BACKSTAGE PASS: Tricky Business


BACKSTAGE PASS: Tricky Business


Date: March 14, 2012
by: Heidi Kurpiela | A&E Editor



If Nathan Coe Marsh looks familiar, you’ve either dined recently at the Melting Pot or sat front and center at a Black Diamond Burlesque show.

Fondue. Strip teases. Coe Marsh’s act knows no bounds.

A Tampa native, he’s been performing magic in Sarasota for six years. His most recent gig — performing sleight-of-hand tricks on Sunday nights at The Melting Pot in downtown Sarasota ­­­­— is a return to his roots.
The 29-year-old magician honed his close-up act in 2006 doing a similar bit at the Golden Apple Dinner Theatre.

It was his first steady gig out of college. For six months, he worked six nights a week at the dinner theater, moving from table to table with a deck of cards.

It wasn’t easy. Even in a dinner-theater atmosphere, people were apprehensive to give up their personal space to a roving magician.

So, Coe Marsh focused on sharpening his magic and customizing his approach.

“It’s a completely different experience for the guest,” he says of close-up magic. “You have to establish credibility very quickly. So often when you see magic it’s on a TV screen, or you’re in Vegas a mile away from a dimly lit stage. When you see it right here and right now, it has an immediacy like nothing else in our culture.”

A smooth talker with a head for business, Coe Marsh graduated from St. John’s College, a private liberal-arts college in Annapolis, Md.

His friends and family seemed to think he’d pursue a law degree or follow in the footsteps of his professor parents and become an academic.

Even Coe Marsh wasn’t sure where his life was headed, until one summer during college he got a job teaching magic at a youth camp in the Pocono Mountains.

“The first night I did a show for the campers, I experienced the high that comes from a live performance,” he says. “It was unlike any other feeling. When there’s a connection with a room full of strangers it’s like you’re dancing together. It’s like an unspoken thread flows between you and the audience.”

However, his fascination with magic began well before that.

When he was 10 years old, a friend of his parents pulled out a dollar bill, crumpled it up and opened his fist.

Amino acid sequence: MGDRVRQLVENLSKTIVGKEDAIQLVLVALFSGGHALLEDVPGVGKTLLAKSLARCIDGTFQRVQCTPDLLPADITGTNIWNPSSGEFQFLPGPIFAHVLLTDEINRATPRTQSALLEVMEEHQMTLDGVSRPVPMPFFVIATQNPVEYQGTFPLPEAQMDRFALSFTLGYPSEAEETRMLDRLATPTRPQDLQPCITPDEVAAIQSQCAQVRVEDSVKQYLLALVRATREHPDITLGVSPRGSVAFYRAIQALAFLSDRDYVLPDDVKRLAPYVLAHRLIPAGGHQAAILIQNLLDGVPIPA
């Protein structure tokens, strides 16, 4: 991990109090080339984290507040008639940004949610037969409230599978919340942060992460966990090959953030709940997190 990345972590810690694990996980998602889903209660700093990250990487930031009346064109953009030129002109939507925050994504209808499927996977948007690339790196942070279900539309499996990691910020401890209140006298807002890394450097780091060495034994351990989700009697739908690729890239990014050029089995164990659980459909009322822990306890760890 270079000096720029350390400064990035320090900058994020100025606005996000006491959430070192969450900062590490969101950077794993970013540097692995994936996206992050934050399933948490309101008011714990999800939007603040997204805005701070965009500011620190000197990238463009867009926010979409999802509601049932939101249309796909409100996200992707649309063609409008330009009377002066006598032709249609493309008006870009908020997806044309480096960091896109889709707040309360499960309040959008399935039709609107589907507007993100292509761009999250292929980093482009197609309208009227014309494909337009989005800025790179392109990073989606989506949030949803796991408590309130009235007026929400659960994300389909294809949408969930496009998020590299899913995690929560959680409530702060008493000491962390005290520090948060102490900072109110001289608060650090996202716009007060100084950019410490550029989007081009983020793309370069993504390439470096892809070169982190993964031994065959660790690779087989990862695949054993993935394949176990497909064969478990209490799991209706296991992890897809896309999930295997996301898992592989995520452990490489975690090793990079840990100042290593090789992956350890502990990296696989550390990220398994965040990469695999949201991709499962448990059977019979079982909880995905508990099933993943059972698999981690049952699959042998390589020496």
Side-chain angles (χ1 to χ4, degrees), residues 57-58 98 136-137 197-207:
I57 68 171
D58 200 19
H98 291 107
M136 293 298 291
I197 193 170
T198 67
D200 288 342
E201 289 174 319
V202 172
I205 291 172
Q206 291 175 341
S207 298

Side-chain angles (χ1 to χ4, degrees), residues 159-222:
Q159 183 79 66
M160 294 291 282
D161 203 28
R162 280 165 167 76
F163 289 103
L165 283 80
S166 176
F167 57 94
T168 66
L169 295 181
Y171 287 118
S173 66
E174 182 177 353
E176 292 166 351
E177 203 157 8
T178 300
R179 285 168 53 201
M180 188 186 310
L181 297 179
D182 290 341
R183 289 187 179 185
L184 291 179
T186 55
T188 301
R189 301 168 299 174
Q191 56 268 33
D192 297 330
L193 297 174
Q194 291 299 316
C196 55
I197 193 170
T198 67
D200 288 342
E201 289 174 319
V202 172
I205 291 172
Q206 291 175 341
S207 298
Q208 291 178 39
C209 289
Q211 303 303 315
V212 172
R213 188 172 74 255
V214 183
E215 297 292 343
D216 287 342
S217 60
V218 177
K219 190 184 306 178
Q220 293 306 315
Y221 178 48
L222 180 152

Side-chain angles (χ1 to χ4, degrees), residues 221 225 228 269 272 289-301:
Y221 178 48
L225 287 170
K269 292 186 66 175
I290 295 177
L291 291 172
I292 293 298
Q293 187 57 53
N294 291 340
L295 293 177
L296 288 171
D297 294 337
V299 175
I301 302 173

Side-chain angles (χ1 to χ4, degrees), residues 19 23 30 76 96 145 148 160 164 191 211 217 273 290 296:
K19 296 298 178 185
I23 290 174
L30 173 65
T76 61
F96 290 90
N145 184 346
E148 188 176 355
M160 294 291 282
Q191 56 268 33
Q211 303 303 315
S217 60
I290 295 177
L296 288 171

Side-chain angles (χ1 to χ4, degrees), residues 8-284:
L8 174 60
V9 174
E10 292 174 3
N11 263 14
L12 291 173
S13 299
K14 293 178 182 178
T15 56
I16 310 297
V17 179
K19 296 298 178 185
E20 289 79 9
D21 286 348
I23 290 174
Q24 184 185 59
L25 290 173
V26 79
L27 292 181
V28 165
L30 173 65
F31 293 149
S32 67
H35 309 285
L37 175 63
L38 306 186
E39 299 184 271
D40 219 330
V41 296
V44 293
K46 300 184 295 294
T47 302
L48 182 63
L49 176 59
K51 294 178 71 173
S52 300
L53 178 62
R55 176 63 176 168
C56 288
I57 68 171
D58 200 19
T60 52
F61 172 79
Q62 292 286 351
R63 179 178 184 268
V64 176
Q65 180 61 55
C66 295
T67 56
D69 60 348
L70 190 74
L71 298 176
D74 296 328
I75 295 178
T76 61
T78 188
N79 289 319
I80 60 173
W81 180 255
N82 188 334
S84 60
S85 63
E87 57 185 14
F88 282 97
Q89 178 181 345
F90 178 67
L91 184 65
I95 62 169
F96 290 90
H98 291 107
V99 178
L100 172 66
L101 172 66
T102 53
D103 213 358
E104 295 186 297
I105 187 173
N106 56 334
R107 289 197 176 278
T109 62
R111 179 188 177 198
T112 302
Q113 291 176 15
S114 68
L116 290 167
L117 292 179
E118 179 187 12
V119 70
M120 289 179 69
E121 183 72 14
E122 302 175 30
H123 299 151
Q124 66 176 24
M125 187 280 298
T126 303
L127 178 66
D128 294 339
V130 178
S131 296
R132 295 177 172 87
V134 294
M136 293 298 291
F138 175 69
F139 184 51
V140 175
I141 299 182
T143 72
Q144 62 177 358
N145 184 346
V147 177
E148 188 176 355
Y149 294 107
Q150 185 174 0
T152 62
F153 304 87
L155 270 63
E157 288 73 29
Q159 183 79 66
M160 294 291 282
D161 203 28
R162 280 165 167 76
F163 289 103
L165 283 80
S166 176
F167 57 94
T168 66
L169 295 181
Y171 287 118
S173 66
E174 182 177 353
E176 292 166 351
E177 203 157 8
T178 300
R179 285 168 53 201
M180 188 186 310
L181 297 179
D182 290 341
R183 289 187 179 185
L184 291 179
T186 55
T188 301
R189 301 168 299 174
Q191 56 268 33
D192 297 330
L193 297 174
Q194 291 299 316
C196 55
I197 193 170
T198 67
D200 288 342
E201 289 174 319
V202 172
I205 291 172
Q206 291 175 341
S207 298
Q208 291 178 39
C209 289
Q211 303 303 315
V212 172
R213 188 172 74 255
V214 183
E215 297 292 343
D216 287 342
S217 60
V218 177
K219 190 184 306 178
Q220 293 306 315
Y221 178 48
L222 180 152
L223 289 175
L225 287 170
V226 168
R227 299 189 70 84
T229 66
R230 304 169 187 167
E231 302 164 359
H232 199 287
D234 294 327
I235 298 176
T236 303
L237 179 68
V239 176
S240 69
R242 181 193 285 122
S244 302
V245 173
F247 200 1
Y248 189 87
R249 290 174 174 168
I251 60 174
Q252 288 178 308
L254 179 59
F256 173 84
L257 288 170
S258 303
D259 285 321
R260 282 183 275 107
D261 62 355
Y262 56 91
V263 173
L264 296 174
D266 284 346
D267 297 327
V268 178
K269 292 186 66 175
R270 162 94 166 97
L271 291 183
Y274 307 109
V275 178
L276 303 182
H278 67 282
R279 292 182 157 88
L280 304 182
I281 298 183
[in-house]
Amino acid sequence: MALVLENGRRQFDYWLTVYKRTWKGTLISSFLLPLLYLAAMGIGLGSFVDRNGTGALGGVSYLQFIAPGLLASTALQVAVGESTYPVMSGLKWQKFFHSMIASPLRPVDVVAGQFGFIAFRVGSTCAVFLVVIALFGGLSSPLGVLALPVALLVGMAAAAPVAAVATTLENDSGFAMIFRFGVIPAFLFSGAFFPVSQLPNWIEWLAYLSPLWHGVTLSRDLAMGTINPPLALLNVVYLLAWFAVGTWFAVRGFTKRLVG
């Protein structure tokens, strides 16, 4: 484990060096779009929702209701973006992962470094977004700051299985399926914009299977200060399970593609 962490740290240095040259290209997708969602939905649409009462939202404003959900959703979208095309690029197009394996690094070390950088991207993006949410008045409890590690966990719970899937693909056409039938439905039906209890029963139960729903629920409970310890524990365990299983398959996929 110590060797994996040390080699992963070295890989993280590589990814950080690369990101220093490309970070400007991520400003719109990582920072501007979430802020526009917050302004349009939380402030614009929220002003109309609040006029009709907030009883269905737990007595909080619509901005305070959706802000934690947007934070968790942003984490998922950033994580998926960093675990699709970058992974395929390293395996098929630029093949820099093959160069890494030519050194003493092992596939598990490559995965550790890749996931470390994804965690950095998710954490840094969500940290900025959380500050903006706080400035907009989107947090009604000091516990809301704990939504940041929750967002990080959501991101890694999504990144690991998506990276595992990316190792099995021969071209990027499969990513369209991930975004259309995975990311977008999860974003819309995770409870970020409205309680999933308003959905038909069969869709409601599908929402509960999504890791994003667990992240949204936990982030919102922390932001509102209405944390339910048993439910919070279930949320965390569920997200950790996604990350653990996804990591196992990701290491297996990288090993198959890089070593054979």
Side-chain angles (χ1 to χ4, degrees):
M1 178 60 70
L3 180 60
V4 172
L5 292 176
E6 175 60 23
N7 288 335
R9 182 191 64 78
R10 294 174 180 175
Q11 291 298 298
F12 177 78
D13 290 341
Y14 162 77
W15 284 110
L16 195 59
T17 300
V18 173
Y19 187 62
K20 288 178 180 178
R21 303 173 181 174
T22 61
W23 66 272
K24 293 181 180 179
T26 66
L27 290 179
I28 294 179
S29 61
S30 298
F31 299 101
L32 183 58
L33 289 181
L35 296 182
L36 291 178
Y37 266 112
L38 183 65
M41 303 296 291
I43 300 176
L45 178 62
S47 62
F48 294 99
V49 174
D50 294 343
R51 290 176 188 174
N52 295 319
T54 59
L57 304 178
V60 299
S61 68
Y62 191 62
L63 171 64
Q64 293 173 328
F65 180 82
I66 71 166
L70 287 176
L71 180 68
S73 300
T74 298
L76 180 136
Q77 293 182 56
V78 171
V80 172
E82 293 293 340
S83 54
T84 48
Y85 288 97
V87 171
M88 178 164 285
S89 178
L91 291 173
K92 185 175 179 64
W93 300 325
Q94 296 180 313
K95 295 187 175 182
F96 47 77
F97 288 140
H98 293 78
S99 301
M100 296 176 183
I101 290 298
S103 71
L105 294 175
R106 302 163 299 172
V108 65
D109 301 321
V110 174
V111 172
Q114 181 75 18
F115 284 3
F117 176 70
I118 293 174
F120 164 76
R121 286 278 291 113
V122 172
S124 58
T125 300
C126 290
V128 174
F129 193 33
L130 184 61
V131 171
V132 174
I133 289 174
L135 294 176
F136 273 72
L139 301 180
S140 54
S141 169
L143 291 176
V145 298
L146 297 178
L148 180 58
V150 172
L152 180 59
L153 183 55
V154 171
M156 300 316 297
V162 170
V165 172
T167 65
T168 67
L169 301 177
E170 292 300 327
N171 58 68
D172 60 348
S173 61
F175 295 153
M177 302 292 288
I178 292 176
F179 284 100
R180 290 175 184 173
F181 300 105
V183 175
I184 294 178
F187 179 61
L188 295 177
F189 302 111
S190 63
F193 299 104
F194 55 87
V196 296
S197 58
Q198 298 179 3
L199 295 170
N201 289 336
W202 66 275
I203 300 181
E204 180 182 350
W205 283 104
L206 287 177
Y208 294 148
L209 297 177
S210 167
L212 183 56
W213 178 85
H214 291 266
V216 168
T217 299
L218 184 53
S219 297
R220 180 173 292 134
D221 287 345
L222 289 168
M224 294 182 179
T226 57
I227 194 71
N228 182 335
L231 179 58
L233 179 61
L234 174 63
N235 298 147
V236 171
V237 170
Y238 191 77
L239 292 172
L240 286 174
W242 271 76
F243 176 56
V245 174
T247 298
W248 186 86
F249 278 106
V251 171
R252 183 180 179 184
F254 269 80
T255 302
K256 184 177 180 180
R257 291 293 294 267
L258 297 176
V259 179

The bill seemed to float in midair. Coe Marsh had never seen anything so unbelievable. He grabbed the dollar bill and folded it over and over trying to make sense of the trick.

“I went nuts,” he says. “It was a really defining experience for me.”

On a quest to float his own dollar bill, he went to the library and signed out all the magic books on which he could get his hands.

It was a hobby he couldn’t shake.

In college, he sought the mentorship of a magician in Baltimore, who ran a magic shop and performed nights at after-dinner shows around the city.

Says Coe Marsh, “The guy was a treasure trove of information.”

He taught the young magician how to build his stage show, which is now Coe Marsh’s main attraction; he spends most of his time traveling the country playing to corporate crowds at five-star resorts and business conferences.

Fooling buttoned-up CEOs might seem like a stodgy undertaking, but, for Coe Marsh, it’s the perfect challenge. He loves an audience that appeals to both his Type A and Type B sensibilities.

“Great magic has this contrast where, rationally, you know it’s not real, but, emotionally, it’s so compelling it forces you to go to the place where there’s no pat script,” Coe Marsh says. “It’s a social lubricant. People’s masks fall away in the face of it.”

Nathan Coe Marsh will perform magic from 6 to 9 p.m. Sunday, March 18, at The Melting Pot in down-town Sarasota.


Jon Stewart
“He takes complex issues and finds the absurdity in a really direct and elegant way.”

Lenny Bruce
“He was so outside of the mold. He created something that was completely unlike anything that was being done by any other performer from Bob Hope on.”

Roy Benson
“He was a comedy magician who flourished in the early 1950s and 1960s. He was decades ahead of his time. A lot of magic scholars feel he was the first stand-up comedian.”


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